Dr Godela Weiss-Sussex, co-director of the Centre for the Study of Contemporary Women’s Writing (CCWW), previews one of the unmissable events celebrating the centre’s 10th anniversary.
‘Across languages’, a major international conference in the Institute of Modern Language Research (IMLR) at Senate House on 30–31 May, is one of the high points of our celebrations of the 10th anniversary of the CCWW’s existence. At the same time, it is an example of the huge opportunity that collaboration between projects and centres can bring, as we join forces with the Arts and Humanities Research Council’s Open World Research Initiative project ‘Cross-Language Dynamics’. Its ‘translingual strand’ is based at IMLR.
But what exactly is translingualism? Essentially, it is the practice of speaking or writing in a language that is not the speaker/writer’s mother tongue.
‘Why is this worth studying?’ you may ask. Because the texts produced in this way often, display an extraordinary richness and creativity. Grammatical structures might cross over from one language into another and create new connections. The borrowing or adaptation of words and phrases from different languages creates not only neologisms, but may also open the window towards whole new ways of thinking and of seeing the world when we are shaken out of our monolingual linear logic and ‘led astray’ into making associations by similarities of sound.
Katja Petrowskaja, a writer who grew up speaking Russian but wrote her literary quest to retrieve lost narratives of her Jewish Polish-Ukrainian family’s history in German, provides wonderful examples of this. ‘Poland, Polyn, Polonia, Polania, po-lan-ya, here-lives-God, three Hebrew words that made a Promised Land for the Jews out of the Slavic Poland’, she muses, for instance, drawing our attention to the associative power of cross-language thinking.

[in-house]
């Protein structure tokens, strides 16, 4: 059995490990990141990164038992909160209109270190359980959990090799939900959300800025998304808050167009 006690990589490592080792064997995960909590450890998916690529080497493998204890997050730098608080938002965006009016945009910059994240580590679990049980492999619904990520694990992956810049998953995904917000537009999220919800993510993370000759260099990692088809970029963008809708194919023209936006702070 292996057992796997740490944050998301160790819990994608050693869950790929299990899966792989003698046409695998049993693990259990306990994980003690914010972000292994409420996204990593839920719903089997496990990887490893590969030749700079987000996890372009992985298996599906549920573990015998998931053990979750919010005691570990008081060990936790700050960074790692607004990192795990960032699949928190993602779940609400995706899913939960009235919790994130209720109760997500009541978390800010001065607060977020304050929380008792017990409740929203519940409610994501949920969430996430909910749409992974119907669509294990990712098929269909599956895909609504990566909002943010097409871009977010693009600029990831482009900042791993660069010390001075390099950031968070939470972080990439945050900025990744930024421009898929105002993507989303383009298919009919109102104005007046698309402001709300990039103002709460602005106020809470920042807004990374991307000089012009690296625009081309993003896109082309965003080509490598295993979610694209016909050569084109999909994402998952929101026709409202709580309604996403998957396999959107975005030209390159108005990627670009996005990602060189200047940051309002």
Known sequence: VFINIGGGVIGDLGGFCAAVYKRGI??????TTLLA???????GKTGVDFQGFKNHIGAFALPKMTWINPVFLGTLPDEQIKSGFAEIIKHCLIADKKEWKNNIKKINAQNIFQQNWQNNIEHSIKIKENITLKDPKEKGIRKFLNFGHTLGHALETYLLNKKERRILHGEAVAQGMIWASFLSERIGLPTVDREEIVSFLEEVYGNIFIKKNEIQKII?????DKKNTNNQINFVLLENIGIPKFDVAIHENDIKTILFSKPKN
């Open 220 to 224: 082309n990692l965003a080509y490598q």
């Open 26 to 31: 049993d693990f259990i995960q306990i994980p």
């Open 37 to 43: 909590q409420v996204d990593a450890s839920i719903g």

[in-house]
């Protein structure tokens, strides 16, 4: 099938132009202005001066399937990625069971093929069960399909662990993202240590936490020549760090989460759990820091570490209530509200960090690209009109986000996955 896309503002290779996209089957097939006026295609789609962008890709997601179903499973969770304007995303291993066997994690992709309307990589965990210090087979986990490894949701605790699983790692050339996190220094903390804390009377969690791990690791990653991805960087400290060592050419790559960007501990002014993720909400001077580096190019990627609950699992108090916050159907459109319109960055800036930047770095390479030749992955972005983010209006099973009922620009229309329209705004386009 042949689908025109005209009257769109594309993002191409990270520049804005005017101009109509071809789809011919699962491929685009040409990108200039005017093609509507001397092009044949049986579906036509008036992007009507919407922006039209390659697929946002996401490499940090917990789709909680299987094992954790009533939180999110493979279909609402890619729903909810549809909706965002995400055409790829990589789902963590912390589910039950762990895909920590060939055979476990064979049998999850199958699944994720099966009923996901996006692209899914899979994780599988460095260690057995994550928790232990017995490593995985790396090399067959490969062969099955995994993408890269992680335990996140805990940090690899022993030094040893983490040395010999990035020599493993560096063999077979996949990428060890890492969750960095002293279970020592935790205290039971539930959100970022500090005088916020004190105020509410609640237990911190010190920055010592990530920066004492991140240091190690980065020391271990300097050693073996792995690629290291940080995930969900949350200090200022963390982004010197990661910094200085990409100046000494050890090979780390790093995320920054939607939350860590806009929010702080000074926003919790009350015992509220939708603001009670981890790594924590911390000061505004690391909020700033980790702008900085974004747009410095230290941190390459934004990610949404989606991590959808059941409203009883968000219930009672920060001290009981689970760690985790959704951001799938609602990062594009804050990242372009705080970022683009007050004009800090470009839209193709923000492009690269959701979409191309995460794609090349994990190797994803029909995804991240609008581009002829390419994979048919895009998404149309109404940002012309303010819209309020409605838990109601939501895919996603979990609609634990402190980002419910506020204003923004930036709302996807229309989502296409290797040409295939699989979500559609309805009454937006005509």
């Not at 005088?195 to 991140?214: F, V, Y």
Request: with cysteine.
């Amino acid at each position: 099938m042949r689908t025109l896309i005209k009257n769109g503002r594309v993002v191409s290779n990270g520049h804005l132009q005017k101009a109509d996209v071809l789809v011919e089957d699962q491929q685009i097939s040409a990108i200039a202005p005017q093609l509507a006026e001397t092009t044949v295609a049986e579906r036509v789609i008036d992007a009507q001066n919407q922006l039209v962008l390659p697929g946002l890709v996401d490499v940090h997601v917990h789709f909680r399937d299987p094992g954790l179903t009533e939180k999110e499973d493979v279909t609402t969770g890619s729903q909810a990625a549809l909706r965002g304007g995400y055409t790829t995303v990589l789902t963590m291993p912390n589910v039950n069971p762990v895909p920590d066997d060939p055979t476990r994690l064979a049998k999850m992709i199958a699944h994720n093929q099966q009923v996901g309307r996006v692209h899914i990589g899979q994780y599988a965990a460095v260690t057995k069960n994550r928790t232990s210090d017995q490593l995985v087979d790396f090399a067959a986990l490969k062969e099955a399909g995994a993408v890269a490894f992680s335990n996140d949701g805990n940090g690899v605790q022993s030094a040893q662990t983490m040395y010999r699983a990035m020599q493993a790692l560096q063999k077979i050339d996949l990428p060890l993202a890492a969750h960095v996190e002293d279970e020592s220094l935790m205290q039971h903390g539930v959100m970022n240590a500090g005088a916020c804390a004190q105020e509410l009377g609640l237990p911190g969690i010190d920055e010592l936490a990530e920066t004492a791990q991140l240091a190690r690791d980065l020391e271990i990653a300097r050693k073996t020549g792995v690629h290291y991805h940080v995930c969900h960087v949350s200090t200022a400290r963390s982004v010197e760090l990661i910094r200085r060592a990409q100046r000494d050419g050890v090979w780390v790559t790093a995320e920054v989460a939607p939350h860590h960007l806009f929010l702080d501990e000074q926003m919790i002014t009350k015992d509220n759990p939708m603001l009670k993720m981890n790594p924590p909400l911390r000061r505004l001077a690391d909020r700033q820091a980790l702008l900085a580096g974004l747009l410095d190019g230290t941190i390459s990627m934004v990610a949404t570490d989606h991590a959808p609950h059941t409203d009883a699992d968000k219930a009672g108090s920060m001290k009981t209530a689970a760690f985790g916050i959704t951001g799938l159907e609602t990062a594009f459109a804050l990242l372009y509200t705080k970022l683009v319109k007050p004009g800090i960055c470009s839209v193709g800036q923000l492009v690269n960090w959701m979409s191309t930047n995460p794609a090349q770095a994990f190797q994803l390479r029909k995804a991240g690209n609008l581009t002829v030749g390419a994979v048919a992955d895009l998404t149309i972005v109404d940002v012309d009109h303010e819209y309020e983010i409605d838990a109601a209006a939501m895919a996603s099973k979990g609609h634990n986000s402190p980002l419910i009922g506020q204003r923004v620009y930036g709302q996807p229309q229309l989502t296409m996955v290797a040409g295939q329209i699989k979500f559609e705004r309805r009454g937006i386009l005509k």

Translingual writing is of course not a new phenomenon. In the course of history, it has often been a necessity in contexts of migration or exile. But in our globalised contemporary world, it is a phenomenon that is frequently embraced by choice, too.
For a long time, the writing across languages – or writing in a new language while not jettisoning the old one entirely – was seen as somehow ‘defective’, labelled as ‘incorrect language use’ (Creole is a case in point here). Now we are exploring the opportunities for identitarian expression and for creativity that this jump across language boundaries brings with it. Translingual writing is growing everywhere in the world, and the enthusiastic response of readers shows its potential to contribute to a renewal of national literatures ‘from the margins’.
Our conference will be looking at translingual authors operating between a variety of languages: Japanese and German, English and Creole, Somali-Italian, Amazigh and Catalan and many more … Examining examples and practices from across the world, we will be aiming to discover what writing across languages can achieve that monolingual writing cannot.
The conference will include an author/translator conversation between Katja Petrowskaja and her translator, Shelley Frisch. Both Katja and Shelley have won several prizes for their work on Vielleicht Esther/Maybe Esther, and only last month, Maybe Esther was shortlisted for the Pushkin House Russian Book Prize, which celebrates the best books about the Russian-speaking world. The event on 30 May, 6pm, is a wonderful opportunity to hear them speak, and quiz them, about the processes of writing and translating translingually.
For further information on or registration for the Across Languages conference and/or the author/translator conversation, please see: Encounters: Katja Petrowskaja and Shelley Frisch and Across Languages: Translingualism in Contemporary Women’s Writing.
Dr Godela Weiss-Sussex, is a reader in modern German literature at the Institute of Modern Languages Research (IMLR), School of Advanced Study, University of London. Her current research focuses on: German-Jewish women’s writing in the 20th and 21st centuries as ‘minor literature’; metropolitan consumer culture and the literary imagination; and translingual writing.